Assuntos
Instituições de Assistência Ambulatorial , Diabetes Mellitus Tipo 2/terapia , Processos Grupais , Qualidade da Assistência à Saúde , Estudos Transversais , Humanos , Países Baixos , Reprodutibilidade dos Testes , Inquéritos e Questionários
11.
BMC Health Serv Res ; 13: 129, 2013 Apr 05.
Artigo em Inglês | MEDLINE | ID: mdl-23561032

RESUMO

BACKGROUND: Worldwide, the organisation of diabetes care is changing. As a result general practices and diabetes teams in hospitals are becoming part of new organisations in which multidisciplinary care programs are implemented. In the Netherlands, 97 diabetes care groups and 104 outpatient clinics are working with a diabetes care program. Both types of organisations aim to improve the quality of diabetes care. Therefore, it is essential to understand the comprehensive elements needed for optimal quality management at organisational level. This study aims to assess the current level of diabetes quality management in both care groups and outpatient clinics and its improvement after providing feedback on their quality management system and tailored support. METHODS/DESIGN: This study is a before-after study with a one-year follow-up comparing the levels of quality management before and after an intervention to improve diabetes quality management. To assess the status of quality management, online questionnaires were developed based on current literature. They consist of six domains: organisation of care, multidisciplinary teamwork, patient centeredness, performance management, quality improvement policy and management strategies. Based on the questionnaires, respondents will receive feedback on their score in a radar diagram and an elucidating table. They will also be granted access to an online toolbox with instruments that proved to be effective in quality of care improvement and with practical examples. If requested, personal support in implementing these tools will be available. After one year quality management will be measured again using the same questionnaire. DISCUSSION: This study will reveal a nationwide picture of quality management in diabetes care groups and outpatient clinics in the Netherlands and evaluate the effect of offering tailored support. The operationalisation of quality management on organisational level may be of interest for other countries as well.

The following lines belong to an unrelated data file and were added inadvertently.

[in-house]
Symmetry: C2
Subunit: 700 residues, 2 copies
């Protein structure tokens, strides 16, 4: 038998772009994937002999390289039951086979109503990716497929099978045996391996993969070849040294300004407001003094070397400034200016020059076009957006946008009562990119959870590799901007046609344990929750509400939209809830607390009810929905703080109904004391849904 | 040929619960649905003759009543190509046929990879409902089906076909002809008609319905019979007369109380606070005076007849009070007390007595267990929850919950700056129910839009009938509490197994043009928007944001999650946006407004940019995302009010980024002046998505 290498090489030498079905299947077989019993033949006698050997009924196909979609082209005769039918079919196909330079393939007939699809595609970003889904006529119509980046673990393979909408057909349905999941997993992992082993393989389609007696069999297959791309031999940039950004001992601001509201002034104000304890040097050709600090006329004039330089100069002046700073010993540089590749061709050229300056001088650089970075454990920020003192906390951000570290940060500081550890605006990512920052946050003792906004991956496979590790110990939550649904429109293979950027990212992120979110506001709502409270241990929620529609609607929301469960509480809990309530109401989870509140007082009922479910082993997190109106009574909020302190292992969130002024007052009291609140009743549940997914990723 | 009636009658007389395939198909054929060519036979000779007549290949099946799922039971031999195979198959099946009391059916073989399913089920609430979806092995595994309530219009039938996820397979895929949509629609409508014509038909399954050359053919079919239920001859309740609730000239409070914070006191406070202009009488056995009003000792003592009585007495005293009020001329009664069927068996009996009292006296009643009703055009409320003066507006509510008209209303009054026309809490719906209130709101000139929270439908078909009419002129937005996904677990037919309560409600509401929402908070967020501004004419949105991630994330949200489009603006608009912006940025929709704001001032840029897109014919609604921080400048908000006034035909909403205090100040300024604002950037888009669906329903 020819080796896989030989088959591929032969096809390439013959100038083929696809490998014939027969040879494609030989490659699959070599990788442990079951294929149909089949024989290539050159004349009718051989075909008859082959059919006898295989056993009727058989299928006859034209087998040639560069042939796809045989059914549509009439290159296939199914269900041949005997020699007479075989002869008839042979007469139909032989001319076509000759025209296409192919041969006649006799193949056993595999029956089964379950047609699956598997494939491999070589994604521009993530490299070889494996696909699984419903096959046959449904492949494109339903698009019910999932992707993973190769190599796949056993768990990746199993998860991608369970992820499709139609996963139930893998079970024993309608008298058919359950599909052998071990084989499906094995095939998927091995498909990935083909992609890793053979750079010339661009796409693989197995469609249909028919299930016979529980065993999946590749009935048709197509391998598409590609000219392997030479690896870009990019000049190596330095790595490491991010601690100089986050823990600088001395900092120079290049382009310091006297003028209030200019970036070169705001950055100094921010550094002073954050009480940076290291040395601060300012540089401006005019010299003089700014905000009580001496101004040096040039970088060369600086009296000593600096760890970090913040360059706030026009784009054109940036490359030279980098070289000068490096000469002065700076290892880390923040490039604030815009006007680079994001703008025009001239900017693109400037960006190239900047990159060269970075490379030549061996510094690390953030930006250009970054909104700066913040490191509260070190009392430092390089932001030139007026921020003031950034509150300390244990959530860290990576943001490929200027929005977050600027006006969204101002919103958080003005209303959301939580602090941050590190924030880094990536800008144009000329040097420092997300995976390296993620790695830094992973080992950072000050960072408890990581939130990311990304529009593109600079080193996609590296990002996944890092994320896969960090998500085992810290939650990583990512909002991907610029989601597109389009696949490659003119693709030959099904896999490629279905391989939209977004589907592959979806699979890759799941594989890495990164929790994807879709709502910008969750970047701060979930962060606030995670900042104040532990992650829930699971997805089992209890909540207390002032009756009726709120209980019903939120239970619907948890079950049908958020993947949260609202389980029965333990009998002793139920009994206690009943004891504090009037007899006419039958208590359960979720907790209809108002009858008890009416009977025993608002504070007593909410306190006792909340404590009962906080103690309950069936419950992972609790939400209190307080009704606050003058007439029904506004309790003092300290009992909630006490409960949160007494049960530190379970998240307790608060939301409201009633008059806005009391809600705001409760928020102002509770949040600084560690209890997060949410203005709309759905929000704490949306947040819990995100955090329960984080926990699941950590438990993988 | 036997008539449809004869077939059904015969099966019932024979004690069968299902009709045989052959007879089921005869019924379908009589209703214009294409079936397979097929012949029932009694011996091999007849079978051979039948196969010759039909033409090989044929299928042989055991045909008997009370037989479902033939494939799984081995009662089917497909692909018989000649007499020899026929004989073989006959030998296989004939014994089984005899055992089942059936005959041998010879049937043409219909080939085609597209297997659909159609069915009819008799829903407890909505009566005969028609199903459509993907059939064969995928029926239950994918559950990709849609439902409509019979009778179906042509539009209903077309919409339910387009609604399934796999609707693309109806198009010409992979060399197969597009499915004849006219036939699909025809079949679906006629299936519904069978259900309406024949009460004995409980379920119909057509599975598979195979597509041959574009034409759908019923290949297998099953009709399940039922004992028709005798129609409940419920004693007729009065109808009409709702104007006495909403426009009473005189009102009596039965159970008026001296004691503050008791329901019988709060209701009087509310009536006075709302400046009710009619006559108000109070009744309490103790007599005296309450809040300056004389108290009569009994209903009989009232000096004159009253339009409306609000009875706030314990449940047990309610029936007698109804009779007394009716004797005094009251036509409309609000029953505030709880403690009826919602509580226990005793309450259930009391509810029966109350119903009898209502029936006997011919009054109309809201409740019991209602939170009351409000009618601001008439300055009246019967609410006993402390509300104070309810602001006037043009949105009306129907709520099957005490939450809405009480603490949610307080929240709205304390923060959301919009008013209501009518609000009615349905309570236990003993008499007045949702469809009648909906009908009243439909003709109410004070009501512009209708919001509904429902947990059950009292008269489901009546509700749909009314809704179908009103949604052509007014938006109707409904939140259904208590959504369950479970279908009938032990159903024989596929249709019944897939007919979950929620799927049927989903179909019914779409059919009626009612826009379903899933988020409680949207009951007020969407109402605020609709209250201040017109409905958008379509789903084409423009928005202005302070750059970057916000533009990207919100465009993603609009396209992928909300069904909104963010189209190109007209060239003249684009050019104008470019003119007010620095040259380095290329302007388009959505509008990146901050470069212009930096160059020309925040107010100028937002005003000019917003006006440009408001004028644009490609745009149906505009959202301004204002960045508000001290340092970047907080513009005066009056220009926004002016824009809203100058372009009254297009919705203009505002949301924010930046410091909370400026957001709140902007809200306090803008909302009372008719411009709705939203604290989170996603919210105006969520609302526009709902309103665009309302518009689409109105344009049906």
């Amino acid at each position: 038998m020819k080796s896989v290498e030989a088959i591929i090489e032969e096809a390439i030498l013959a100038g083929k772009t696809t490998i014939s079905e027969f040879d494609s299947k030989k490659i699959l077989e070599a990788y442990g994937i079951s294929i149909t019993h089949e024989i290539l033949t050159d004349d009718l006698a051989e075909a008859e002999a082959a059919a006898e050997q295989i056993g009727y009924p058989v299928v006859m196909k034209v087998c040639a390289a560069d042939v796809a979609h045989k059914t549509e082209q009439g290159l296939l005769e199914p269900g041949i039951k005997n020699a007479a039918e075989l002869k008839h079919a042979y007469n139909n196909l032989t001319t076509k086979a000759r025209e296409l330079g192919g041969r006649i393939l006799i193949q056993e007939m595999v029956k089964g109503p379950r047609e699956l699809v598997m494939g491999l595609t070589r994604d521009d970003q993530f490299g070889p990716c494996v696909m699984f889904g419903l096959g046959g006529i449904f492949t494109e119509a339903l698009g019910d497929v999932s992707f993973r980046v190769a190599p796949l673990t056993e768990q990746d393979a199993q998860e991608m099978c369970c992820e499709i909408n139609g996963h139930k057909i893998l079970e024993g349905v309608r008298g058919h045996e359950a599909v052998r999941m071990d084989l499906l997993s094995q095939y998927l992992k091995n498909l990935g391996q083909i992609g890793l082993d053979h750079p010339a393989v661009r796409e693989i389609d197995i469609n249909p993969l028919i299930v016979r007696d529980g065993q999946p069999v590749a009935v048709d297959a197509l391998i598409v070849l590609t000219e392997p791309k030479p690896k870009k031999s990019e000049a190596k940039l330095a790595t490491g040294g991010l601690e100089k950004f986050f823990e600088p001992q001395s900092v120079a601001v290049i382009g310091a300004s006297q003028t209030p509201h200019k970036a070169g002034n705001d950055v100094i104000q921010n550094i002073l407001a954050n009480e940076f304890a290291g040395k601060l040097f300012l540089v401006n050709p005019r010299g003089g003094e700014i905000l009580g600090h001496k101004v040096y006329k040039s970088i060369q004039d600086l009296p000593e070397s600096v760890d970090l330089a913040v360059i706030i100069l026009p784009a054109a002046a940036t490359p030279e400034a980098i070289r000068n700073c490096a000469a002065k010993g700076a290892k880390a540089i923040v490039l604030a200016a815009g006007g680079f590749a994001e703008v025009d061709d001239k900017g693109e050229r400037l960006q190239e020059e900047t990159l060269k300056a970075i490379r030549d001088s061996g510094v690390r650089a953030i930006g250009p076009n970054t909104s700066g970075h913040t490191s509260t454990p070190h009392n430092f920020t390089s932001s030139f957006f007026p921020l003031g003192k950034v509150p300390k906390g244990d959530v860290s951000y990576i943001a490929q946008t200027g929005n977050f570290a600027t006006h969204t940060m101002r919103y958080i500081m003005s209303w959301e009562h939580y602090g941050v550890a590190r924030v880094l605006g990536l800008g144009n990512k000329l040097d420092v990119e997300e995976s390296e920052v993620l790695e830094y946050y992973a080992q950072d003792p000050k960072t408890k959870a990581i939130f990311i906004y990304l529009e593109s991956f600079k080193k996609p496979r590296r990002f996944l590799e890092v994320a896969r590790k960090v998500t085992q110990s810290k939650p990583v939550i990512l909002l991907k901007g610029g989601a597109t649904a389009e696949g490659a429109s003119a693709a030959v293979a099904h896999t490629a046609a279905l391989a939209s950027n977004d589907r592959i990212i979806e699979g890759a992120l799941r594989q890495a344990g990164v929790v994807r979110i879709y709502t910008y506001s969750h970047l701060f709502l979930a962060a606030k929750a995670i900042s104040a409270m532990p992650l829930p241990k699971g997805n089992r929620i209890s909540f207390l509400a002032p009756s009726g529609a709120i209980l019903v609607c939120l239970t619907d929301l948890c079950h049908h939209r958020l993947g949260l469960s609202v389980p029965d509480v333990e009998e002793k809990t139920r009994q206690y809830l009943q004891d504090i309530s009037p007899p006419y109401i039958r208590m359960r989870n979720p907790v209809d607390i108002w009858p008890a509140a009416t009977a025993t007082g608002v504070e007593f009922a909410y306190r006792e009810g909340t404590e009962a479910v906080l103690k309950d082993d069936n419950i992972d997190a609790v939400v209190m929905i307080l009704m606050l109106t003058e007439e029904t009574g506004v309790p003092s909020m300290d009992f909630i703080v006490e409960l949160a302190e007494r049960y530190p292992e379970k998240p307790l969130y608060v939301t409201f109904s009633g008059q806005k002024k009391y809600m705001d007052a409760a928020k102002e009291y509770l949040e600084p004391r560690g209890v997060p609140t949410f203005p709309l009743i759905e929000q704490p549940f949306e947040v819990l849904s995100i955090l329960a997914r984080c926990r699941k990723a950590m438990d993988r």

Assuntos
Instituições de Assistência Ambulatorial , Diabetes Mellitus Tipo 2/terapia , Melhoria de Qualidade , Qualidade da Assistência à Saúde/organização & administração , Seguimentos , Humanos , Comunicação Interdisciplinar , Países Baixos , Equipe de Assistência ao Paciente/organização & administração , Inquéritos e Questionários